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Published On  Nov 13,  2011
   
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 Roads embrace different aspects of life in the rapidly growing Addis Abeba. Yet, poorly developed supporting infrastructures have brought increasing causalities on the streets of the city. It is as if heaven got closer than overpasses, one of the supporting infrastructures constructed poorly.  

ROADS

Heaven Gets Closer Than Overpasses

 

In the context of Addis Abeba, roads are not just what they are meant to be; smooth surfaces prepared for expedition. Instead, any useful life function could be found on the roads. In fact, they are crucial hosts of life in many cases. For many runaways and delinquents, roads are homes; if by homes, it could mean places to live or take refuge from the vagaries of weather.

Many people live off the revenues of roads. Think of the women in colored gowns, flat-rimmed straw hats, hand gloves and protected faces, holding sweeping brooms and driving wheel barrows to collect garbage that earns them some money at the end of the month. But there are also hundreds, who dutifully rise up early in the morning, some with their children, take their strategic positions on the sides of the road and jingle coins as a signal for drawing attention of pious passersby that give them alms.

Roads are also dumping grounds of construction materials like quarries, sand or soils only to mention a few. The damping is often carried out by contractors that have no regard to the right of way of pedestrians. There could also be some reluctance on the part of the respective regulatory agencies. Roads are also shared by pock animals and bovine. Herds of sheep and goats take a “walk” in the early hours of the day driven to their marketing stalls.

Alike shoe-shining boys, vendors of vegetables, driving wheelbarrows, settle on the roads, sometimes hassling pedestrians should they fail to strike a deal when they bargain prices. There are also thousands of men, young and old, who take to the streets for lack of other places to go. The younger ones stand out waiting for employment. The retired go out and take a walk either to idle out time or just stretch their legs; bus stops and café’s are their favorite places.

With the metropolis transforming at an accelerated speed, new roads and flying passes are being constructed, old roads being expanded left and right, and sky high buildings sprouting. It looks imperative that life styles on the roads are being transformed as well, although it could take time before people come into grips with the changes.

Take the case of pedestrians and the problems of city transport services. Whether we like it or not, urbanization is growing at a rate higher than some of us would like to reveal. Incidentally, the official figure of the population of the capital is still over two million, a figure taken from the latest census. The same figure is often quoted years after it was issued, for some obscure reason, as if population growth is static. Be that as it may, Addis Abeba is expanding breadth and width. New settlement areas are distancing dwellers every month by a mile.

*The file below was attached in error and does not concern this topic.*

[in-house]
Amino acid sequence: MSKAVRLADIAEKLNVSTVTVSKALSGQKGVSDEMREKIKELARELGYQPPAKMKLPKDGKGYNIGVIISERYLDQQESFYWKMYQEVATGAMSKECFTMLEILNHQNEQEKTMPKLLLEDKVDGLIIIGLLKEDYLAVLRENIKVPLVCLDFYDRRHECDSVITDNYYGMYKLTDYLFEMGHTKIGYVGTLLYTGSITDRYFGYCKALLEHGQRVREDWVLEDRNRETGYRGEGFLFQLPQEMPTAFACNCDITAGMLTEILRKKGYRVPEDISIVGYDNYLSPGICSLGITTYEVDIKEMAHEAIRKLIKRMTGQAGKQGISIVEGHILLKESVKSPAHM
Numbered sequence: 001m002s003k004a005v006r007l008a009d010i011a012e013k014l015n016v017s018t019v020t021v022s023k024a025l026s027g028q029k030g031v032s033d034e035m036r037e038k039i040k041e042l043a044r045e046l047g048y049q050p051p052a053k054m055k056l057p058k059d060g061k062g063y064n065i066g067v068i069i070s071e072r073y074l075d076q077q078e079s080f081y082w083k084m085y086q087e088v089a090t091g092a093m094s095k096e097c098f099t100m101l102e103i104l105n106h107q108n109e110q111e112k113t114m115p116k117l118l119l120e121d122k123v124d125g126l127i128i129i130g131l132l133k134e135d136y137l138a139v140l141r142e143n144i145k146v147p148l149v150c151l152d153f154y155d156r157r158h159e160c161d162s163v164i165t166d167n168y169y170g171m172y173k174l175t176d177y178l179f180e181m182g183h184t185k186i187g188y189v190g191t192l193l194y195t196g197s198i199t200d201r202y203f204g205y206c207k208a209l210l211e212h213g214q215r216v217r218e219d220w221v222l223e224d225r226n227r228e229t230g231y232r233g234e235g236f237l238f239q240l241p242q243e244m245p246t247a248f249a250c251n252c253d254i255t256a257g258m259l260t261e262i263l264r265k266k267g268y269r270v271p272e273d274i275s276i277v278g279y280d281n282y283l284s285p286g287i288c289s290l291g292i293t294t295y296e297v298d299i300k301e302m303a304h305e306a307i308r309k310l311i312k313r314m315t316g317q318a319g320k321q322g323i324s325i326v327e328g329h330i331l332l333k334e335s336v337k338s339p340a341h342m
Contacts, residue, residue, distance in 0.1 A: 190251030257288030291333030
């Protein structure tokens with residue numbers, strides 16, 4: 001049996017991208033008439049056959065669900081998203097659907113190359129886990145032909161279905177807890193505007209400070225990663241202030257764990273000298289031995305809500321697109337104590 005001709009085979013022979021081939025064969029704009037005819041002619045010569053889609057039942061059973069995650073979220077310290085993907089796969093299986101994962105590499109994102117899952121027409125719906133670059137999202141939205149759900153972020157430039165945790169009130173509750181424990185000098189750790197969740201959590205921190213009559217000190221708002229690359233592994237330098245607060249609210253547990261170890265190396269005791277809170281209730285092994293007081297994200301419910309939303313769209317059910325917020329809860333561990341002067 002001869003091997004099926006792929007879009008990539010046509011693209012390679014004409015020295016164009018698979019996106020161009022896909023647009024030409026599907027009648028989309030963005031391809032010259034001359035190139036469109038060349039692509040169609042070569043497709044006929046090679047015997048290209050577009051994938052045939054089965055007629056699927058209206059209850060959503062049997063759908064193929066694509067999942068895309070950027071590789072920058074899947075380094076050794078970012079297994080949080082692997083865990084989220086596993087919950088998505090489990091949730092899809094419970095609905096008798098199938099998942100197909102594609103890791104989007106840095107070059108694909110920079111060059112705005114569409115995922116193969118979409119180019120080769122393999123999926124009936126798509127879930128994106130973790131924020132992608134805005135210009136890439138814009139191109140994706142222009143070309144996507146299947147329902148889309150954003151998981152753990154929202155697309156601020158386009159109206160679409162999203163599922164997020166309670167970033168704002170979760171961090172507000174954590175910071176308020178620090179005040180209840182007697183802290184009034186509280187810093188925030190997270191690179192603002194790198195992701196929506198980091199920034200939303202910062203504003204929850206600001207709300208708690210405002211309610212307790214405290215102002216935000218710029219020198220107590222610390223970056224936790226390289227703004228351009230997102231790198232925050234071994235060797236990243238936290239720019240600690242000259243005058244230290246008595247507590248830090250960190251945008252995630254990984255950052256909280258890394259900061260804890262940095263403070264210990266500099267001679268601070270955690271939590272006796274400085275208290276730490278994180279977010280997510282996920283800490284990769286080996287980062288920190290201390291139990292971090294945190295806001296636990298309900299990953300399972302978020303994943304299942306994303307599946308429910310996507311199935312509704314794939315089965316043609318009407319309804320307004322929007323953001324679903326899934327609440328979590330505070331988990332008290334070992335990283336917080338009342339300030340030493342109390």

All these expansions are bound to have their tolls on transport and other social services. The problem is particularly serious for people without their own private automobiles. Support infrastructures like sidewalks for pedestrians have not, unfortunately, expanded to match the requirements. A typical sideline impact is the ever increasing member of traffic accidents.

Curtsey to the Addis Abeba Traffic Office, the daily accident figures broken into categories of intensity are reported through many radio channels. Awareness creation programs are frequently aired albeit in vain. The city's roads authority is doing all it can to mitigate the death-dealing problem. The volume of pedestrians during peak hour cannot be over emphasized. 

Over passing structures installed at Arat Kilo Squre, with a cost of over six million Birr, do not seem to be functional, although they were meant to serve pedestrians crossing the roads.

Some people say that the stairs are installed far apart and inconvenient to climb up. Others complain that overpasses are rather obstructions that had taken too long to be fixed and do not address the problem of crossing the road.

As I stood by on the square recently, an old man with a walking stick came and tried to use the overpass. He tried to compose himself and held the rail tightly. He took the first step with some effort and smiled. After a minute, he managed to climb the second stair and then the third. His legs started shaking and beads of sweat showed on his forehead. His smiling face turned into an embarrassed expression.

He, then, looked down to make sure where his foot should land. It took him longer to climb down the three steps. He vowed that he would never try climbing again.

Several people that I talked to argued that the structures were not feasibly fit to the behaviours of the users.

Some even made comparisons that ring roads, which are essentially built to curtail travel time, have now turned out to be shortcuts to heaven or hell. As new roads continue to be constructed, so have the old problems prevailed.

BY Girma Feyissa

 
 
 
 

 
 
 
 

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